Terry Call wears many hats for Allen County, but he’ll hang them up next week when he retires.
It’s not easy to describe all of his job responsibilities.
“Jack of all trades” might fit.
“My attitude is, if someone else can do it, there’s no reason why I can’t do it,” Call explained.
That attitude has led to a multitude of titles and activities for Call, who is retiring next week after working for Allen County since 2006.
He’s the planning and zoning administrator. He’s the EMS Financial Officer and the GIS Coordinator, in charge of digital mapping services for the appraiser’s office. He also livestreams the weekly commission meetings on the county’s Facebook page.
If someone needs an inspection for a building permit, Call will get it done as quickly as possible. Even on weekends. Even on a Sunday.
“I used to do construction, so I know if you’ve got a hole dug and there’s weather coming, you need to get it done or you’ve got a big mess,” he said.
Over the years, Call has worked in construction and helped with carpentry and remodel projects for the county, including at the dispatch center, courtroom and other buildings.
One day, back when his office was located at the sheriff’s department, he noticed a large conveyor-belt toaster had been discarded. One of the jailers told him it had quit working. A replacement would cost roughly $1,800.
“Do you mind if I take a look at it?” Call asked.
He tore it apart and found the problem was a switch that could be replaced for $7. Better yet, it worked.
“So I just do stuff like that,” Call said with a casual shrug.
His favorite project, though, was helping to build the community garden for the SAFE BASE after-school program.
Former sheriff and former county commissioner Tom Williams asked if he would be interested in helping.
They built raised planter beds and a greenhouse, and installed a fence around the property.
“I just really enjoyed doing that,” he said.
He also has fond memories of another SAFE BASE project, planting trees on the courthouse lawn. Many old trees on the courthouse lawn had been lost, so Westar provided about 40 trees to replace them.
Call and others dug the holes, then helped local children plant the trees.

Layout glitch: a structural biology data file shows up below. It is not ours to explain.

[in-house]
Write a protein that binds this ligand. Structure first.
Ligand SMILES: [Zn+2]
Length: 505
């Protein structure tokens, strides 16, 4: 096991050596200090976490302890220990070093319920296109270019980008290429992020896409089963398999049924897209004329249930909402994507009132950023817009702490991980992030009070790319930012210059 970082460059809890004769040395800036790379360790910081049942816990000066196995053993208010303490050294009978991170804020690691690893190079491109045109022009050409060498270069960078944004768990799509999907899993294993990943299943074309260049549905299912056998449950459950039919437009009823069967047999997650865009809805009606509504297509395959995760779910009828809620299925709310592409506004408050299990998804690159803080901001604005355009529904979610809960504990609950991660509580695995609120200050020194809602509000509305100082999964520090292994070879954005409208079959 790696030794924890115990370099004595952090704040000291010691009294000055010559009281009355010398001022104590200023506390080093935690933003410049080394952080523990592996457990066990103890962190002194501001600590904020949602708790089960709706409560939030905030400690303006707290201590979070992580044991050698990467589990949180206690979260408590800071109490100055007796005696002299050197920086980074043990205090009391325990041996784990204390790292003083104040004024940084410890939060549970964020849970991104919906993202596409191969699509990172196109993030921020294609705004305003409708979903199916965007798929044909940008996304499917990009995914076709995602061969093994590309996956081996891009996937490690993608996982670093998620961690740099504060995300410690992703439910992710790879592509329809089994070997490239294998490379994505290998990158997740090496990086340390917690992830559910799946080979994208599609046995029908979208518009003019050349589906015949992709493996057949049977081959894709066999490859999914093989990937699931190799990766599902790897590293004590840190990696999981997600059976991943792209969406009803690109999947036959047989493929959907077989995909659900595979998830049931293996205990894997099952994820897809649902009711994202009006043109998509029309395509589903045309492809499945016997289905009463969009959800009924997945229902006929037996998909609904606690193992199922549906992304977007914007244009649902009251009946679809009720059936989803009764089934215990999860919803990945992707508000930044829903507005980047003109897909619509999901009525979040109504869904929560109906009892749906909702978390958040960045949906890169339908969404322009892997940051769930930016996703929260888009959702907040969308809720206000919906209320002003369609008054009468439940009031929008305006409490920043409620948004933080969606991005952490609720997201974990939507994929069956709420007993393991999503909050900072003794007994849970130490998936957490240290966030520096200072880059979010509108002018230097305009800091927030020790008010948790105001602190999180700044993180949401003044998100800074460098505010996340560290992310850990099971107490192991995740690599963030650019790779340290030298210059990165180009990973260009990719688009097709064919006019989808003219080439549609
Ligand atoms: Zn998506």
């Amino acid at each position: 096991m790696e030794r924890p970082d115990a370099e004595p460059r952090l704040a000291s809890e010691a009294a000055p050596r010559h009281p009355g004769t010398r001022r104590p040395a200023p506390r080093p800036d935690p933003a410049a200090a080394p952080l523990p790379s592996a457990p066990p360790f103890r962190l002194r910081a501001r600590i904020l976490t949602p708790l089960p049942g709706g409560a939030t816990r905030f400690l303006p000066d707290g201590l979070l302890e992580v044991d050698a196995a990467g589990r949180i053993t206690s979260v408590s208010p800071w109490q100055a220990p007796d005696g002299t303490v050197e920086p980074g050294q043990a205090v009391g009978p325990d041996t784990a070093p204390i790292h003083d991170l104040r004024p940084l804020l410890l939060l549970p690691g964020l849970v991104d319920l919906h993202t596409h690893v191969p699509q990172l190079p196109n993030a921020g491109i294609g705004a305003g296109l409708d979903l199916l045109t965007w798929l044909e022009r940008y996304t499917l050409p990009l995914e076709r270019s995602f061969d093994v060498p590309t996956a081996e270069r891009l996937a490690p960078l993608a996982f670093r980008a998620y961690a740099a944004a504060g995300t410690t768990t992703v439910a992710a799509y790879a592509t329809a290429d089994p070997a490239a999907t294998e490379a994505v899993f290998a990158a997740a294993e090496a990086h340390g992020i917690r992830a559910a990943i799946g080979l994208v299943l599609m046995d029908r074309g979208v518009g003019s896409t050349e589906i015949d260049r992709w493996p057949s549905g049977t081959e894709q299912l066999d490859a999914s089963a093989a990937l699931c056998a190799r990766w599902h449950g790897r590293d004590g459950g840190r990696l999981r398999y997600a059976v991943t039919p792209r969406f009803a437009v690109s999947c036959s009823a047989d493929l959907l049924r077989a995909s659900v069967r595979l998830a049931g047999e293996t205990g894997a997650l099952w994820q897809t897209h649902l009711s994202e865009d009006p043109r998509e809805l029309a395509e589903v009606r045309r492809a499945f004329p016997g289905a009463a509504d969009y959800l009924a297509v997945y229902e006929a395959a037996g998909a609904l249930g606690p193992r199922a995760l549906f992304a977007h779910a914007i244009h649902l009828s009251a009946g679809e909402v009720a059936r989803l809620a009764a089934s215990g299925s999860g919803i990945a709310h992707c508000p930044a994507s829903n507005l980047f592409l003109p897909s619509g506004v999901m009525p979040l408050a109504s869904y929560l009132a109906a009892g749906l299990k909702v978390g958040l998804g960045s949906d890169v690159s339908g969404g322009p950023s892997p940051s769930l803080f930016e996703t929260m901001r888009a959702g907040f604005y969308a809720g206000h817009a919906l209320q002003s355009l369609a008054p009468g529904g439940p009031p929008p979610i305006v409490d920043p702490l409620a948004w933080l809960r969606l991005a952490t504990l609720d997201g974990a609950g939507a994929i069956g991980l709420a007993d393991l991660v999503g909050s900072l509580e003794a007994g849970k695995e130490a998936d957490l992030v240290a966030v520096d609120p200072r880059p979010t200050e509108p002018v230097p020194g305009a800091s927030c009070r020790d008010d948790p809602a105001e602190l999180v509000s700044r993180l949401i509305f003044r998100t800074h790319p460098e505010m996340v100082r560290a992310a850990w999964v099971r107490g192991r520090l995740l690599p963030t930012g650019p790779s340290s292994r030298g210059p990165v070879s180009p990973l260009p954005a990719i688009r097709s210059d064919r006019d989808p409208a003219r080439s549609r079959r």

CALL has enjoyed carpentry work as a hobby for most of his life.
From 1985 until 1992, he worked for the Iola Fire Department as a firefighter and EMT. Then, he did bridge construction for about 13 years.
A back injury forced him to reconsider his occupation.
At about the same time, the county needed someone in the ambulance department who could handle medical billing and assist the emergency manager. Call was familiar with ambulance reports, so he thought it would be a good fit.
Then, he learned of a need to convert the county’s maps to a digital format. The maps had been drawn by hand up until that point. They needed to be digitized as part of an upgrade for emergency 911 services.
“They bought me a software package and said, ‘Good luck,’” Call recalled.
When former county counselor Alan Weber needed someone to help with his duties, Call stepped up to help. When Weber retired, Call took over as planning and zoning administrator.
“That’s about all of my job responsibilities at the moment. Anything they ask, I try to do it,” Call said.
“There were days I’d think, this is too much. But it always worked itself out.”
He likes to handle jobs as they come. By the end of the week, he doesn’t want to leave anything sitting unfinished on his desk.
“If you put it aside, it’s too easy to forget.”
Finding someone to take Call’s place hasn’t been easy.
“When I announced I was going to retire, they weren’t sure how to post the position.”
The county decided to contract with a medical billing company for its ambulance service. The company already provides the software for the billing program, so it’s been an easy transition for that portion of his responsibilities.
Call said the medical billing amounted to about one-third of his duties.
Commission Chairman Jerry Daniels said the county is still searching for someone to take over the planning and zoning duties, as well as some of Call’s other responsibilities. For now, his work will be spread to other county employees.
“He wears many hats. He’s a wealth of experience and he will be missed,” Daniels said. “Hopefully, we can find someone to fit that special position.”
CALL said he’s especially grateful for the support of county commissioners.
Over the years, he’s worked with a total of 12 commissioners. When he first started working for the county, commissioners included Kent Thompson, Walt Regehr and Dick Works.
“After about a year into the job, they started trusting me,” he said. “They saw I was reliable and started giving me more leeway and more duties.”
He had a good working relationship with Bill King, who served as public works director for 23 years and then as a county commissioner. King was always “a good guy to have in your corner,” Call said.
“It’s been a privilege to work with different commissioners over the years. They’ve been great,” he said.
Since he announced his intention to retire, most everyone Call encounters asks the same question: “What are you going to do now?”
His answer: “Whatever I want.”
His wife, Susie, has been retired for nine years and has been patiently waiting for him to do the same.
They have three children, Eric Call, Kelly King and Kyle King. Eric lives on the East Coast, and they haven’t been able to see him or his family much since the COVID-19 pandemic began two years ago. The Calls hope to change that.
Call also hopes he will have time to travel.
Whatever he does, he plans to keep busy.
“The biggest thing that bothers me is boredom. That’s the reason I took on all these other jobs,” he said.
“I don’t like being bored, at all.”
A RETIREMENT reception for Call will be from 2 to 4 p.m. on Thursday, March 17, at the courthouse.